Vodafone recently launched the new programme, developed in conjunction with the Lesotho Ministry of Health to reach more HIV positive patients, many of whom live in remote rural communities separated by mountainous terrain with minimal infrastructure.
The programme combines Vodafone’s M-Pesa mobile money service – which is widely used across sub-Saharan Africa – with travelling clinics and a smartphone app designed for healthcare professionals which enables the tracking of patients in remote areas.
The clinics use a fleet of 4x4s vehicles to travel to remote areas and provide on-site HIV testing. When people are identified as HIV positive, they are immediately registered with the M-Pesa mobile money service and receive the M-Pesa funds needed to pay for transportation to a treatment centre.
At the same time, their details are recorded – via mobile – on a central database so that their future treatment and care can be planned and recorded. These details can then be recalled in real time by healthcare professionals in the field using a smartphone app produced by the Vodafone Foundation and Vodacom Lesotho.
While the programme is oriented towards pregnant women, mothers and young children, early infant diagnosis remains low. It’s estimated that some 5,000 children under the age of 14 go undiagnosed and are living with HIV. This means they are at risk of not being identified in time to be put on treatment.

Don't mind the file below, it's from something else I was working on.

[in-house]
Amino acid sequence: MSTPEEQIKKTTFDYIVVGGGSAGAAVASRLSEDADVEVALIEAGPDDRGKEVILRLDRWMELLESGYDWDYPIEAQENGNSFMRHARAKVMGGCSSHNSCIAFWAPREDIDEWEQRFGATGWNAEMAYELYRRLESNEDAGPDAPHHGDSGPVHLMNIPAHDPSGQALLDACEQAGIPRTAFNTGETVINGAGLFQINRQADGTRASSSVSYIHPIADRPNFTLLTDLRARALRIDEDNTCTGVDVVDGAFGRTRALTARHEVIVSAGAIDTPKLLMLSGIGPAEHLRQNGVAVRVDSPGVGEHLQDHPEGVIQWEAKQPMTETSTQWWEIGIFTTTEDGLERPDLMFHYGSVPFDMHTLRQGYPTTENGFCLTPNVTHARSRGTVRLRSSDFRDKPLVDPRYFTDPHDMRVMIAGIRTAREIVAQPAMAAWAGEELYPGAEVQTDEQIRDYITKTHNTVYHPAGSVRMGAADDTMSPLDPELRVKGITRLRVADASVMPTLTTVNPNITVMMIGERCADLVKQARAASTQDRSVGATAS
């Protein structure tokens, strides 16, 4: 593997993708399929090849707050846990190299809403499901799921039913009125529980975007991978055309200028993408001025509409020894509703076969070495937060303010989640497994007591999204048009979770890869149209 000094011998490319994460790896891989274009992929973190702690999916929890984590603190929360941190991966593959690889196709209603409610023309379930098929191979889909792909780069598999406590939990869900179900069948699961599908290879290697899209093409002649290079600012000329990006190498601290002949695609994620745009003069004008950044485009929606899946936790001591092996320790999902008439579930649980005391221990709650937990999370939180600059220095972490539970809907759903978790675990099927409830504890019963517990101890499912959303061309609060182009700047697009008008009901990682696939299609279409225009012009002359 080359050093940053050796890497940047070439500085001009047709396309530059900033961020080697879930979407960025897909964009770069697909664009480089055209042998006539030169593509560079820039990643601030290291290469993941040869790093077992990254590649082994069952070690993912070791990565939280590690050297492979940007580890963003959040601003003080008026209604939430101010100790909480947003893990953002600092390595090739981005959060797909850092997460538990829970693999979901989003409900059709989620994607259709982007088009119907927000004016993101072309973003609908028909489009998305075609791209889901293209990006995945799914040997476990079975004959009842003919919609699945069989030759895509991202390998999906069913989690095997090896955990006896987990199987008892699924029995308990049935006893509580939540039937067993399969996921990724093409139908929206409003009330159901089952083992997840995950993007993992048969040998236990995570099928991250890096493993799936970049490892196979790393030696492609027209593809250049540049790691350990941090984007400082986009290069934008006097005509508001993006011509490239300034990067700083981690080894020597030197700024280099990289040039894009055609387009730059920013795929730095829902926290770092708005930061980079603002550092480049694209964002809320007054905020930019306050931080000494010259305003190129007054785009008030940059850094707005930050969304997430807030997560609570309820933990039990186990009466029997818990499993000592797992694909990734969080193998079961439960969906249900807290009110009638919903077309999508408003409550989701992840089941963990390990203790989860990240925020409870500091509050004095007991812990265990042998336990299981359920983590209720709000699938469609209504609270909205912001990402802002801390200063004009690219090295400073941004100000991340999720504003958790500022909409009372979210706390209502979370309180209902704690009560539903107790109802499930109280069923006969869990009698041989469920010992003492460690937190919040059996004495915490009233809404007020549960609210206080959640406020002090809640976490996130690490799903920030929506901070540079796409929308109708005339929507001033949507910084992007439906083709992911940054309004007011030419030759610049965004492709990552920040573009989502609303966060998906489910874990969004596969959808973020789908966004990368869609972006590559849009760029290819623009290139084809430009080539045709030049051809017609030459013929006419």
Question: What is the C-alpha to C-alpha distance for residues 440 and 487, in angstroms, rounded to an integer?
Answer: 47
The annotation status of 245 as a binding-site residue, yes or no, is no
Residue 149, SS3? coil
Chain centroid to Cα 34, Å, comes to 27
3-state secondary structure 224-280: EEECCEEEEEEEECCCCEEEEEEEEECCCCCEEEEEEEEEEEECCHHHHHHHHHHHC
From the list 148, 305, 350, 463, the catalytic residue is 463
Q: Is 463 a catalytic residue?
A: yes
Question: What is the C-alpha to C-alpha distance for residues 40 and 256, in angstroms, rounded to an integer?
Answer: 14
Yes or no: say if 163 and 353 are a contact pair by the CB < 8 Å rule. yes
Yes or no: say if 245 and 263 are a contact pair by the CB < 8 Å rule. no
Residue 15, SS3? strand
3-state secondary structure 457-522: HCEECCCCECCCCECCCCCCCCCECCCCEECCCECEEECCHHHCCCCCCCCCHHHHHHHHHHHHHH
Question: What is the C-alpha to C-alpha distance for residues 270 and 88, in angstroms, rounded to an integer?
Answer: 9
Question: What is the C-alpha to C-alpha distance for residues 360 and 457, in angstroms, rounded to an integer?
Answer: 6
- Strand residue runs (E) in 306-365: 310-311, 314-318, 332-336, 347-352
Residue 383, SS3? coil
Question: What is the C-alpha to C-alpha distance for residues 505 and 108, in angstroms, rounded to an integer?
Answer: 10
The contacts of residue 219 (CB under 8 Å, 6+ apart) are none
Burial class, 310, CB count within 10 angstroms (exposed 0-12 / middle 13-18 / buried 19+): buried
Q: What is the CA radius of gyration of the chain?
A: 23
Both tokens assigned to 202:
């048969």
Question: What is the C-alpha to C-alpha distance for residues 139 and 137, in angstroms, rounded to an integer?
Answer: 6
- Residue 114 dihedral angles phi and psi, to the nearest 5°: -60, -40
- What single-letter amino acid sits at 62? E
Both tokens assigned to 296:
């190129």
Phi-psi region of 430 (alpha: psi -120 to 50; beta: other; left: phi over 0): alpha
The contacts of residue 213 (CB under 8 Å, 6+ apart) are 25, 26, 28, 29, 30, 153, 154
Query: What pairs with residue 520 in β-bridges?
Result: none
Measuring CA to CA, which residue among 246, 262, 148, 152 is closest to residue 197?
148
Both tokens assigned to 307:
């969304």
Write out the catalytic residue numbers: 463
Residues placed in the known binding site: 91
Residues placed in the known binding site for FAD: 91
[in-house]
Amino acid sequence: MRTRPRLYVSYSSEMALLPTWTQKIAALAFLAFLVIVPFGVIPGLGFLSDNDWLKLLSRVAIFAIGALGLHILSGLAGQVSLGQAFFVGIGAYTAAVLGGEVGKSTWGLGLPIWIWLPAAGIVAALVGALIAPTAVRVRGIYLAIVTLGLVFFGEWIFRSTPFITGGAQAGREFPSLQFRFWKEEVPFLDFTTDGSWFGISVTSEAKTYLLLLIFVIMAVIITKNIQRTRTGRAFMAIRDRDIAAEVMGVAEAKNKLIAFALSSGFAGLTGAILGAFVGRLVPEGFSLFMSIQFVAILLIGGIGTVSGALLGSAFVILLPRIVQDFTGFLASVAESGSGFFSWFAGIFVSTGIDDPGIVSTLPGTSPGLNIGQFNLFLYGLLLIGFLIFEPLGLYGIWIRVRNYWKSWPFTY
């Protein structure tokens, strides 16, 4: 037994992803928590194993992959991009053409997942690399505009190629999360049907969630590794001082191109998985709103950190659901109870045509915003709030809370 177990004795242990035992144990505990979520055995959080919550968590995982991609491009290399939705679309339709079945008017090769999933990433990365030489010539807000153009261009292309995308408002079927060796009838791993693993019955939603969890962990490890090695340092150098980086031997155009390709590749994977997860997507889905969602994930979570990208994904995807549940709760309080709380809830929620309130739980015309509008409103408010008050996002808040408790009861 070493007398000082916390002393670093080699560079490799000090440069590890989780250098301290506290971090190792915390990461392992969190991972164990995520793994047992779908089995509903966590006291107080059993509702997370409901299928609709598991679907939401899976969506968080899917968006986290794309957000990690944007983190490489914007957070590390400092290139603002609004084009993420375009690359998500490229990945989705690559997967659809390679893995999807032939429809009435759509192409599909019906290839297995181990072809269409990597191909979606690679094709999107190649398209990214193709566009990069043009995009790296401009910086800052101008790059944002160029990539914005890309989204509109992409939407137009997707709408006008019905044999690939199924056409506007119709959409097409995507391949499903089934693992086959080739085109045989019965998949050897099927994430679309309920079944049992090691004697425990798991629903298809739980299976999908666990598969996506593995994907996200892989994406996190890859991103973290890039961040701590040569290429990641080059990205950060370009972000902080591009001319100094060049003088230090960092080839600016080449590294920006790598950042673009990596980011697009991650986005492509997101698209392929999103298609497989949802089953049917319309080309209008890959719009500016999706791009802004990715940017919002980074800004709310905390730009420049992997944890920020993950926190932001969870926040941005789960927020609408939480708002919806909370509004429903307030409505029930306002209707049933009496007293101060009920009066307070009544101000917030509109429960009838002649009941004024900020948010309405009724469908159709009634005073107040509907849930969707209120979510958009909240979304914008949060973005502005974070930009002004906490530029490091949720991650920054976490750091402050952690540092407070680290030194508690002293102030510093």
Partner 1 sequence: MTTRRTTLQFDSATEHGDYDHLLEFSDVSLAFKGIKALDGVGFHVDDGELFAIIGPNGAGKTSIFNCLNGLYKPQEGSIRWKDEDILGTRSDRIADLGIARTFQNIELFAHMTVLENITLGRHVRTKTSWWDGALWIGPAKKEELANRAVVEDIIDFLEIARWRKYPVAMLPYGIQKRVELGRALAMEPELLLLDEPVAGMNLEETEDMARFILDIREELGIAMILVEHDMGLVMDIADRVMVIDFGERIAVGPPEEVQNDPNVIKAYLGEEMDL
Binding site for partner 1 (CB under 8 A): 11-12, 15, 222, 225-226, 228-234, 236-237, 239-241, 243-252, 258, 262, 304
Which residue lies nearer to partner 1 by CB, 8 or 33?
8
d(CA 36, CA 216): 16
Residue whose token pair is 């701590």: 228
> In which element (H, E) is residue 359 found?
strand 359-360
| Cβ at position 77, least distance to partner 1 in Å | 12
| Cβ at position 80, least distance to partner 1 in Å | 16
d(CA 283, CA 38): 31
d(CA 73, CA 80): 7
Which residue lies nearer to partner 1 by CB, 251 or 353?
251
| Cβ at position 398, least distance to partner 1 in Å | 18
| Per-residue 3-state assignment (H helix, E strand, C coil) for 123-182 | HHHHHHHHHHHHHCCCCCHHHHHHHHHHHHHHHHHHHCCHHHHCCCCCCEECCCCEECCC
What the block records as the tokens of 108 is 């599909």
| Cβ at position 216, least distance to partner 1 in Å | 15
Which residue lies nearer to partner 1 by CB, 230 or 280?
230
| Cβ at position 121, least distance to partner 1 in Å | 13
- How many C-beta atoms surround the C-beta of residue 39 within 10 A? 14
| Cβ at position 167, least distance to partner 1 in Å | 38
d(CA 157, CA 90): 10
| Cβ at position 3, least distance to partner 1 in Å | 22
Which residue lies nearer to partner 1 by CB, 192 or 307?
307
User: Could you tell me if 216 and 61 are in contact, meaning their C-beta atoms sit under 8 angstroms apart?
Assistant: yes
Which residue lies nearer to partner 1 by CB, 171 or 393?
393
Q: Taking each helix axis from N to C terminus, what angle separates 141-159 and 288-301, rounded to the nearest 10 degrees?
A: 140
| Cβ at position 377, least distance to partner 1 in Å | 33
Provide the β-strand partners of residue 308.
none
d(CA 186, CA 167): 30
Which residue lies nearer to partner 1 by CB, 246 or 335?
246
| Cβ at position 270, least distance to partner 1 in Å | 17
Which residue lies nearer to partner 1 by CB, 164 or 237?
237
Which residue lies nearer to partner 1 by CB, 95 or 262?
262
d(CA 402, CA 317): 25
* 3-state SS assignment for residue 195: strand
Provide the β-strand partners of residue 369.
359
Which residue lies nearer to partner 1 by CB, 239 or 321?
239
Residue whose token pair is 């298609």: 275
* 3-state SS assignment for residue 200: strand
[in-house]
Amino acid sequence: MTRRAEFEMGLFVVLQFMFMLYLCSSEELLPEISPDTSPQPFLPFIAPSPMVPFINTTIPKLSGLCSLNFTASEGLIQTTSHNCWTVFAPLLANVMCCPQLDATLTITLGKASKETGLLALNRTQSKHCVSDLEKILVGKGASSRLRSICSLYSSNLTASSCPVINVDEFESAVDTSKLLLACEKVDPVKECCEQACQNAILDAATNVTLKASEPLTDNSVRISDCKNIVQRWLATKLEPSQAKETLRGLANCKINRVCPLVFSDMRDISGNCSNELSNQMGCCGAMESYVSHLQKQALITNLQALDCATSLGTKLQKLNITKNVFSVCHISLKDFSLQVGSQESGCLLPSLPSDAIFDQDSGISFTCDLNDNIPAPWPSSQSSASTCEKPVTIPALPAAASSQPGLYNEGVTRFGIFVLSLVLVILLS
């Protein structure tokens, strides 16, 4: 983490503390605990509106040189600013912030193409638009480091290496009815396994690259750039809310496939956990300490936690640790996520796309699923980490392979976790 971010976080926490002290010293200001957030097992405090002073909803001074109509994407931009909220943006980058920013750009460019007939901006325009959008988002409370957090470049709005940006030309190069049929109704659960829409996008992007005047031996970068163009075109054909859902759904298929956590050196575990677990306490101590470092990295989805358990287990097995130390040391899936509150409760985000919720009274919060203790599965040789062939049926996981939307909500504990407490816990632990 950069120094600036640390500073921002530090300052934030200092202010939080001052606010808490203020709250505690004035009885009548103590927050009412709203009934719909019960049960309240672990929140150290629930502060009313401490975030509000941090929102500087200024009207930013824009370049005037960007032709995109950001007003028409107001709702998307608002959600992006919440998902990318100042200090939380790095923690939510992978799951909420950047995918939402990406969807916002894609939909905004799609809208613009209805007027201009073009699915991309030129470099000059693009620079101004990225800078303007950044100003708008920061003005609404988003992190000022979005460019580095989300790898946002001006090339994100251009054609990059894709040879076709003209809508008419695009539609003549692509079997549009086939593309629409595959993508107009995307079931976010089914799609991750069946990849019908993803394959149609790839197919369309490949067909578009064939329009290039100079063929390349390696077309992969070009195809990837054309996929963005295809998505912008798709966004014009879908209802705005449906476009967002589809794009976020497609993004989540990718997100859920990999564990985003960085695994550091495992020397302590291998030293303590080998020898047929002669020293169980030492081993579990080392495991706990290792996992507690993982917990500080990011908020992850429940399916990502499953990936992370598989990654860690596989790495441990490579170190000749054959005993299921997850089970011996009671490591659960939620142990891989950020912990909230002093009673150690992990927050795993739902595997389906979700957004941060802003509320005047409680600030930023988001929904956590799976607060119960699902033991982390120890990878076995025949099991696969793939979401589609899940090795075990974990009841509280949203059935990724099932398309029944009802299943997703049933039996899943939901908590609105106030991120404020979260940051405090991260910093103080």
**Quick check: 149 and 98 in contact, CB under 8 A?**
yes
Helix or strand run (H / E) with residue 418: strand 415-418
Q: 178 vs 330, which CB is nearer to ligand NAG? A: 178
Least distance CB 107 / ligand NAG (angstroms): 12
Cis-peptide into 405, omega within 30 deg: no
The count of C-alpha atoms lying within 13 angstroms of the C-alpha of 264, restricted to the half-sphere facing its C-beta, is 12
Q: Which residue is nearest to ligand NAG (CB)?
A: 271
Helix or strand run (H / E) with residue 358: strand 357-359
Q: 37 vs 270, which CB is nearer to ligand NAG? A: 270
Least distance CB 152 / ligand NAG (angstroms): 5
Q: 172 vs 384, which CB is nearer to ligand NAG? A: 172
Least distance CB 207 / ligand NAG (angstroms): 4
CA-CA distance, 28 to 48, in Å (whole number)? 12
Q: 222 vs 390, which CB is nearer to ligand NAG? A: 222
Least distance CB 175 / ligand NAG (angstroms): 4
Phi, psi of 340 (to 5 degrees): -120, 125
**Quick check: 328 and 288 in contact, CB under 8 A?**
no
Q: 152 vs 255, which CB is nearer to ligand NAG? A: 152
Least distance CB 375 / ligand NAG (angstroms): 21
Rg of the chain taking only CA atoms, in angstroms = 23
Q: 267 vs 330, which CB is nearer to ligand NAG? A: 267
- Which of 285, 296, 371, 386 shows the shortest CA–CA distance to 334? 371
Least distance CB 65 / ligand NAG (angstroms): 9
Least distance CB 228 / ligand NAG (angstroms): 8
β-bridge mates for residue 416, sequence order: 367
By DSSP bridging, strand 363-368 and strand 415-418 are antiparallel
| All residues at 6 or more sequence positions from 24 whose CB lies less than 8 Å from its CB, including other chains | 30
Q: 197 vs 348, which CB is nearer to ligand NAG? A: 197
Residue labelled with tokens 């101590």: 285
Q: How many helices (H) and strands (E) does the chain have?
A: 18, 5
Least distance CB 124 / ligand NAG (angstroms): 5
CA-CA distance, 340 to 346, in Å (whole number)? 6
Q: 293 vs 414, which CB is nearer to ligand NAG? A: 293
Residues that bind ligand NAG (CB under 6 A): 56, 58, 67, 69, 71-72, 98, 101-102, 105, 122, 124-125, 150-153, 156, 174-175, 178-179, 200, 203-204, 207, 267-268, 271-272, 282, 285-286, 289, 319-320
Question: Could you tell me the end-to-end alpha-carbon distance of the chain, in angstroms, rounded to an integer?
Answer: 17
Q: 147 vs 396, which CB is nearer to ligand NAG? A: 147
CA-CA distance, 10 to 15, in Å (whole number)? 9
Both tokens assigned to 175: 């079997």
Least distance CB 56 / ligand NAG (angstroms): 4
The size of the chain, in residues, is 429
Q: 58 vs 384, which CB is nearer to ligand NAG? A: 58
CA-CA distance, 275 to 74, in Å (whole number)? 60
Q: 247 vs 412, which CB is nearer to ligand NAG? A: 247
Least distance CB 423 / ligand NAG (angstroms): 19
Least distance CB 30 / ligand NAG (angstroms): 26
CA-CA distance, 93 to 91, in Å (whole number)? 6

This is in addition to the 7,000 children already diagnosed with HIV who require ongoing specialist HIV treatment.
The mobile clinics are run in partnership with Baylor International Pediatric AIDS Initiative (BIPAI) and Riders for Health. The wider programme is in partnership with USAID, ViiV Healthcare, the Elton John AIDS Foundation and Elma Philanthropies, among others.
“HIV is an immense healthcare crisis for the people of Lesotho,” said Vodafone Foundation Director, Andrew Dunnett.
“This pioneering Vodafone Foundation programme will ensure that thousands of mothers and young children in some of the poorest communities in the world receive the care and support they need,” continued Dunnett.
The Lesotho government welcomed the outcomes from the trial in the Maseru and Leribe districts and has committed to funding and expanding the strategy in the future.
The costs of the programme will be fully funded by the Lesotho government from mid-2017. This is expected to be followed by a full roll-out across the other Lesotho districts.